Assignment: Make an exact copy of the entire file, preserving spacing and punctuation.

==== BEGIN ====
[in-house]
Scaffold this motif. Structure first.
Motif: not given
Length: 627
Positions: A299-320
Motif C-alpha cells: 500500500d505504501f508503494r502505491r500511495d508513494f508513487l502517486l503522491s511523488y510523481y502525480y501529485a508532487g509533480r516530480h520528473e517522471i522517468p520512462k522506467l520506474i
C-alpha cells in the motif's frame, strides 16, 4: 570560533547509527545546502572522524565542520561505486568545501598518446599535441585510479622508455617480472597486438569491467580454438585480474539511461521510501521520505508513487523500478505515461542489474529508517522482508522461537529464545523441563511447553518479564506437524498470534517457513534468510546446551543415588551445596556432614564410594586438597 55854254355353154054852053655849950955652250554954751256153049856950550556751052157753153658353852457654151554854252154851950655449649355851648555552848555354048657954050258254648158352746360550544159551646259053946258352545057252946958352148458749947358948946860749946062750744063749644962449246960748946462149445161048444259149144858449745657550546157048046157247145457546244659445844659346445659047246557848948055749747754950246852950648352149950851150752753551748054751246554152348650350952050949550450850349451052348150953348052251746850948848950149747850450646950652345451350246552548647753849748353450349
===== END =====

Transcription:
[in-house]
Scaffold this motif. Structure first.
Motif: not given
Length: 627
Positions: A299-320
Motif C-alpha cells: 500500500d505504501f508503494r502505491r500511495d508513494f508513487l502517486l503522491s511523488y510523481y502525480y501529485a508532487g509533480r516530480h520528473e517522471i522517468p520512462k522506467l520506474i
C-alpha cells in the motif's frame, strides 16, 4: 570560533547509527545546502572522524565542520561505486568545501598518446599535441585510479622508455617480472597486438569491467580454438585480474539511461521510501521520505508513487523500478505515461542489474529508517522482508522461537529464545523441563511447553518479564506437524498470534517457513534468510546446551543415588551445596556432614564410594586438597 55854254355353154054852053655849950955652250554954751256153049856950550556751052157753153658353852457654151554854252154851950655449649355851648555552848555354048657954050258254648158352746360550544159551646259053946258352545057252946958352148458749947358948946860749946062750744063749644962449246960748946462149445161048444259149144858449745657550546157048046157247145457546244659445844659346445659047246557848948055749747754950246852950648352149950851150752753551748054751246554152348650350952050949550450850349451052348150953348052251746850948848950149747850450646950652345451350246552548647753849748353450349